Where Roxelana convinced her husband Sultan Suleiman that Ibrahim Pasha is an enemy to him, and then the Sultan ordered his execution.
This museum is an important place where you will see amazing pieces of Turkish carpets, as well as exhibitions of ceramics, calligraphy and exhibitions of carved wood.
Ibrahim Pasha Palace, which history claims to be larger and more magnificent than Topkapi Palace, witnessed many weddings, festivals and celebrations as well as riots after the death of Minister Ibrahim Pasha.
In 1536 the palace was used by garrisons, an embassy palace, a registry office, a place for the Janissary army, a sewing workshop, and a prison.
Sections of the Istanbul’s Museum of Turkish and Islamic Arts
The Carpet section, the richest collection of machine-made carpet art, is of particular interest and has made this museum known as the “Carpet Museum” for many years.
This museum contains the richest collection of carpets not only in Turkey but also in the world.
In addition, containing rare Seljuk carpets, prayer carpets, carpets decorated with images of animals, animal-shaped carpets from the 15th century, and carpets produced in Anatolia between the 15th & 17th centuries, it is called Holbein Carpet in the West, and it is inspired by geometric shapes.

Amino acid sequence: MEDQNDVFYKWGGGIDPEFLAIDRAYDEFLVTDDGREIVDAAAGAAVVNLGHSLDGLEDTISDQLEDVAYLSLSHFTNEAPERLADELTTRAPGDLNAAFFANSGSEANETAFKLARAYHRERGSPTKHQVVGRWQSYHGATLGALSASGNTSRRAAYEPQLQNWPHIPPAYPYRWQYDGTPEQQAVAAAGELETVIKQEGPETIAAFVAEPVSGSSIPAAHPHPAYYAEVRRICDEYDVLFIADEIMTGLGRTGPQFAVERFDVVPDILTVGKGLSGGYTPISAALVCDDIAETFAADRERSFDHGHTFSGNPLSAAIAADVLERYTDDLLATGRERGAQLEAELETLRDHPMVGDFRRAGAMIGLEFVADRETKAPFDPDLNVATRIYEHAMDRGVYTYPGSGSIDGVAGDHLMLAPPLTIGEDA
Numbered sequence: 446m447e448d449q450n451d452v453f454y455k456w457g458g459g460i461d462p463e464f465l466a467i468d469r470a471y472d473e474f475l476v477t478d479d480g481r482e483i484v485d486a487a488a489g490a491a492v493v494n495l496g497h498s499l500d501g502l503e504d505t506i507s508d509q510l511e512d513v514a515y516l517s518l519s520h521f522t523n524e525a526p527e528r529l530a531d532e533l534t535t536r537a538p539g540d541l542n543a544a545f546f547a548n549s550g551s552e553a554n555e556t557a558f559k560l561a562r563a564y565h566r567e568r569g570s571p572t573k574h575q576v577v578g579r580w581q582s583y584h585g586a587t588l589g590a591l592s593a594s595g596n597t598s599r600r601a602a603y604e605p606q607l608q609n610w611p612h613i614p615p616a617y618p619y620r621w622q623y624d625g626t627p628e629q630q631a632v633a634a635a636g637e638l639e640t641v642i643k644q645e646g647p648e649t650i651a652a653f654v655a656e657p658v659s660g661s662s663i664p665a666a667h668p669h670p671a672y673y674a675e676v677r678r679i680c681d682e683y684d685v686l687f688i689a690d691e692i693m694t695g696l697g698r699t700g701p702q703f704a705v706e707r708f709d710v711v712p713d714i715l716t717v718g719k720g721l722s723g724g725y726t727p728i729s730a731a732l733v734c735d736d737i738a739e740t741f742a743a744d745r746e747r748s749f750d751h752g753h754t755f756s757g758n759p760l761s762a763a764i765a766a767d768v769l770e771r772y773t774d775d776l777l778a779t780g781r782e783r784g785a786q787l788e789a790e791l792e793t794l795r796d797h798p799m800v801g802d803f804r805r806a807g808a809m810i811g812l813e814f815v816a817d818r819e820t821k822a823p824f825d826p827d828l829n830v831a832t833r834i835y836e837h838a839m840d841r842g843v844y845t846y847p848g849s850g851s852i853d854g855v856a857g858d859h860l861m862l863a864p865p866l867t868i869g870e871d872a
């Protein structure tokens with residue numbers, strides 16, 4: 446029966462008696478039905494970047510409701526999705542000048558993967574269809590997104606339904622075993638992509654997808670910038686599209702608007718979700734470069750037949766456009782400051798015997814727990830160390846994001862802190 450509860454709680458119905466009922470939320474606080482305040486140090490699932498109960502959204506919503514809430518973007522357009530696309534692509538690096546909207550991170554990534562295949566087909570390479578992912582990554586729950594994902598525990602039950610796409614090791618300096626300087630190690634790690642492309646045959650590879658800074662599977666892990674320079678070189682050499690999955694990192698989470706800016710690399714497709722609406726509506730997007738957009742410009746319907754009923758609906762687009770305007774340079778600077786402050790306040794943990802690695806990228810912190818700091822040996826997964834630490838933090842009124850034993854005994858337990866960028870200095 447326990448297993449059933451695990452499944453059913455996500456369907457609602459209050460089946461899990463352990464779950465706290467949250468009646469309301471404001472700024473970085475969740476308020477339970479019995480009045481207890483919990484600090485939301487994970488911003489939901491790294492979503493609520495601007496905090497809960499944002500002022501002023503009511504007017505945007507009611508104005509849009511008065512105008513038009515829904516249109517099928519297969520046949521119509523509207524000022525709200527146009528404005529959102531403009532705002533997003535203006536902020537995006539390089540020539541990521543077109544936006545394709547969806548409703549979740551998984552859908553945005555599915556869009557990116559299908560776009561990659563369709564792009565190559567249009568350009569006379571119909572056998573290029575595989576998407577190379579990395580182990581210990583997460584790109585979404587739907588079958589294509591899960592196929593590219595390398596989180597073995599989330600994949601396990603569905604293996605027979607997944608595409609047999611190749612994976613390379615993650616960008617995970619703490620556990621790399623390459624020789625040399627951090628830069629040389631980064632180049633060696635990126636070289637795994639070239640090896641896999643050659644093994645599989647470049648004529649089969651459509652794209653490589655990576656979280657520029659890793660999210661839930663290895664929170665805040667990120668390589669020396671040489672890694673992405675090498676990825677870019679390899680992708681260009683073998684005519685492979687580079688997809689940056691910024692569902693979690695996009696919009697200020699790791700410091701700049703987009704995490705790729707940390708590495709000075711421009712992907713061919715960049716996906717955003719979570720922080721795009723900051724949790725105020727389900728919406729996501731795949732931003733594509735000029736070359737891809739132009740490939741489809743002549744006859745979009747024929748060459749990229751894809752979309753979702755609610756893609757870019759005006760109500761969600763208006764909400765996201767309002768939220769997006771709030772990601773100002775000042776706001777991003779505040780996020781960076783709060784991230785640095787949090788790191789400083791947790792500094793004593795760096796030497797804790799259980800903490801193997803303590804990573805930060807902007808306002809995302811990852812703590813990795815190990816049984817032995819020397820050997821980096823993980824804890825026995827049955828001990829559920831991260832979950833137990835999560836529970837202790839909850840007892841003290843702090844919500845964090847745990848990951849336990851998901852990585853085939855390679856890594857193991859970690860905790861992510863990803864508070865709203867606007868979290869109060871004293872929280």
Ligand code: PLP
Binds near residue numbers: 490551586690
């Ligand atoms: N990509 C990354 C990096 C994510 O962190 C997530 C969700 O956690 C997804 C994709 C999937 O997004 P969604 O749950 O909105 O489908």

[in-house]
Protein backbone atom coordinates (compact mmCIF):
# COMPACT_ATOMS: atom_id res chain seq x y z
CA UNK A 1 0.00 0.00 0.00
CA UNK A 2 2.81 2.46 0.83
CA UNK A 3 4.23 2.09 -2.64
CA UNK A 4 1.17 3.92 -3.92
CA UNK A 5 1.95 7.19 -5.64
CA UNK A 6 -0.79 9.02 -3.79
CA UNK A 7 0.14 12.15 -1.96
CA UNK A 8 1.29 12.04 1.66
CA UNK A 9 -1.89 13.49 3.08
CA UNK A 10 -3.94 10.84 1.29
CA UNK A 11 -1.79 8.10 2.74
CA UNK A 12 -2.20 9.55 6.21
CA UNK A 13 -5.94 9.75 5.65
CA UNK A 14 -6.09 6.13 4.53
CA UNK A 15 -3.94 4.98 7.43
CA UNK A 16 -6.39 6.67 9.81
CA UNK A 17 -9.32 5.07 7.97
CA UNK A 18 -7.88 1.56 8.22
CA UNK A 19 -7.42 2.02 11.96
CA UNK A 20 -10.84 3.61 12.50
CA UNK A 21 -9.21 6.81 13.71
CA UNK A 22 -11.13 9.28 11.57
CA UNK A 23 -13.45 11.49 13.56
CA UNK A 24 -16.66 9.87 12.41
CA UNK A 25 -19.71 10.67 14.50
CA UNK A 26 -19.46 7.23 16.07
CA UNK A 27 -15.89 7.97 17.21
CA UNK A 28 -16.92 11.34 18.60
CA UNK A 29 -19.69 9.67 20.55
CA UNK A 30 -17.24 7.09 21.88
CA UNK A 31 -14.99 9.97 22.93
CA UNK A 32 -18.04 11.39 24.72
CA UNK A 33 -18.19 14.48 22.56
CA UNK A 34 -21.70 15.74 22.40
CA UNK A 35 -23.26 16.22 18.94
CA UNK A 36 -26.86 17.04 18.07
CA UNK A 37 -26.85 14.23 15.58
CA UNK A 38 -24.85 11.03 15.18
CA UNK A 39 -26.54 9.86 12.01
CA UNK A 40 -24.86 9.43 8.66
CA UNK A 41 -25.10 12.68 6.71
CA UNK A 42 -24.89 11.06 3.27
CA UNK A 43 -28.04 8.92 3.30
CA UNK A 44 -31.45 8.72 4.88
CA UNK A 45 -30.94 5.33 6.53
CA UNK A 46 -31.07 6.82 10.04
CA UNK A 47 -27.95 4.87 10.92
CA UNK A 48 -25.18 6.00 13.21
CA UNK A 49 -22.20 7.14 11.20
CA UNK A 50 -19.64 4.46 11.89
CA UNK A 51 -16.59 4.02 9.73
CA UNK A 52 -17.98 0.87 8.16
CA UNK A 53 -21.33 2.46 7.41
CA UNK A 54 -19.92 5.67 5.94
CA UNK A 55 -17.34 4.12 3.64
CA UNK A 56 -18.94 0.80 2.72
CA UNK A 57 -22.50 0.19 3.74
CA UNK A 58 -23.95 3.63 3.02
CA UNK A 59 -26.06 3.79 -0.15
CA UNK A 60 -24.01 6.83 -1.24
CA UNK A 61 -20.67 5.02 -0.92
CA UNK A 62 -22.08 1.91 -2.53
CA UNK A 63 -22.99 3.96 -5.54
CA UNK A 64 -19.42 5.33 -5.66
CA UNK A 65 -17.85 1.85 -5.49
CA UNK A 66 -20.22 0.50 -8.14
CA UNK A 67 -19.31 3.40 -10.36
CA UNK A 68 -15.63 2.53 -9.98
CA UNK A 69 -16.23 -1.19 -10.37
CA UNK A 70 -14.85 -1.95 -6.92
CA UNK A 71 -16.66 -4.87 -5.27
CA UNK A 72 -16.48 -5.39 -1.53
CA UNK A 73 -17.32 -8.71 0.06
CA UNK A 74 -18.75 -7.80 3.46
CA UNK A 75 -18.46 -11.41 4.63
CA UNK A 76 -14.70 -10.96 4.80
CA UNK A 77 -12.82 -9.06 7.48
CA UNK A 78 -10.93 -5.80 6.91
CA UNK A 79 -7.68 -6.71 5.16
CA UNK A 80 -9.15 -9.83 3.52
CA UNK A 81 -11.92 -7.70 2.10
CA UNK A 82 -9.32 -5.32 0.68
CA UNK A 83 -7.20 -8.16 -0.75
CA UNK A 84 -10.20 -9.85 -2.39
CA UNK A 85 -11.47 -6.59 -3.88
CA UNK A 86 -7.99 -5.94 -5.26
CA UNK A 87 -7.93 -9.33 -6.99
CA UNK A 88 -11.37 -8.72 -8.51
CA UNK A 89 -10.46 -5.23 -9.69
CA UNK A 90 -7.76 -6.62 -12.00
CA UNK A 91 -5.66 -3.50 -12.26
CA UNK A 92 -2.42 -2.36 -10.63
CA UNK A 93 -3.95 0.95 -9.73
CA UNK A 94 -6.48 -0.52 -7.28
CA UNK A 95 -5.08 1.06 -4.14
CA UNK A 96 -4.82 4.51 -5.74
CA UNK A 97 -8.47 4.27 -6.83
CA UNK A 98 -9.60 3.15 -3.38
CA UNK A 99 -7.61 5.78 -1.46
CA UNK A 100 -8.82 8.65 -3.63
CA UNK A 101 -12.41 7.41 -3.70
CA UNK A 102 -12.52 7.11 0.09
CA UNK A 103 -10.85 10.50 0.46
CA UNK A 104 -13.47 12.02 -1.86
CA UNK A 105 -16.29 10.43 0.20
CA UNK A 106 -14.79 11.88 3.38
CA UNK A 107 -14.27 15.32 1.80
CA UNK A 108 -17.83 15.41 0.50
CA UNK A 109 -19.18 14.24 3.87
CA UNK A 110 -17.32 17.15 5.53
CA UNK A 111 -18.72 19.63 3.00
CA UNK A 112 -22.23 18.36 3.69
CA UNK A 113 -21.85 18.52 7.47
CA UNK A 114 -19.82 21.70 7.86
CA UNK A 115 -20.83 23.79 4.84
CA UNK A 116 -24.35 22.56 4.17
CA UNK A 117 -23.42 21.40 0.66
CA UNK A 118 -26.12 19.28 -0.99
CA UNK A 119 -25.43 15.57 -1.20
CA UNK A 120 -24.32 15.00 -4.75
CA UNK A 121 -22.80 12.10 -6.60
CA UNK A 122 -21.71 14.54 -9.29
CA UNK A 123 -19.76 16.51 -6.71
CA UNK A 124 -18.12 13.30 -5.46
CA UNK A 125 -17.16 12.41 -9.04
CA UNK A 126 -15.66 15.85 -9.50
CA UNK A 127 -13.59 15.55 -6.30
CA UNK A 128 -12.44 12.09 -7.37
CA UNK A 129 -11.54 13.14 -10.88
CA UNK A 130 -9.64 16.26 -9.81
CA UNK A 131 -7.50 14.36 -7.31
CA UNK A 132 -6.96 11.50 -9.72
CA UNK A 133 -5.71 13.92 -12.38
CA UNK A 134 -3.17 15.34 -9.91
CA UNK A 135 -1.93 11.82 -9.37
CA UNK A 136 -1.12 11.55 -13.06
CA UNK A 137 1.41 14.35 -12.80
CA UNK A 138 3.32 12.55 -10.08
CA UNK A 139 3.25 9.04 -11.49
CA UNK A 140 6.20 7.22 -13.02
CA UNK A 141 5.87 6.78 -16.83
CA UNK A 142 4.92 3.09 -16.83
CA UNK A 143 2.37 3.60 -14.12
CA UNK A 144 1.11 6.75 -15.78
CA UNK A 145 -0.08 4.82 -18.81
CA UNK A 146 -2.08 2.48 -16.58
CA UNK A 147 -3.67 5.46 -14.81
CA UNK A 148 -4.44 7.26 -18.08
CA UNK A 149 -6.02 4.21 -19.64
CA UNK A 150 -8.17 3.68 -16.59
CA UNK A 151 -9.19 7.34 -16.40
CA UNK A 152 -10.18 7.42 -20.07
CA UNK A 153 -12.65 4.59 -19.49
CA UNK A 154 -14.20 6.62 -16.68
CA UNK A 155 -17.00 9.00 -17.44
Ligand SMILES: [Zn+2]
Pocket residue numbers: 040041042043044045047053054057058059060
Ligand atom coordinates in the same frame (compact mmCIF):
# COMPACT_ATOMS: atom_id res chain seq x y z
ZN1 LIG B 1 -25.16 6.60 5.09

The most valuable collection of carpets in the Museum of Turkish and Islamic Arts, is the Persian and Caucasian carpets, as well as calligraphy carpets.
This section is a must-see for those who love carpet art in the world.
The Qur’an forms a large part of the Turkish and Islamic Antiquities Museum’s writings from the seventh to the twentieth centuries, and it is from a wide geographical area in which Islam spread.
The museum collects many rare collections of calligraphic creations from different eras.
You will find collections from the era of the Umayyads, Abbasids, Egyptians, Syrians, Fatimids, Ayyubids, Mamluks, Turkmen, Seljuks, Timurids, Safavids, Anatolians and Ottomans everywhere.
The Istanbul’s Museum of Turkish and Islamic Art also contains books (some with pictures) written on different subjects, and they attract attention in terms of their writing style and their cover.
The Istanbul’s Museum of Turkish and Islamic Arts also includes decrees dating back to the Ottoman Empire, containing the signatures of the Ottoman sultans.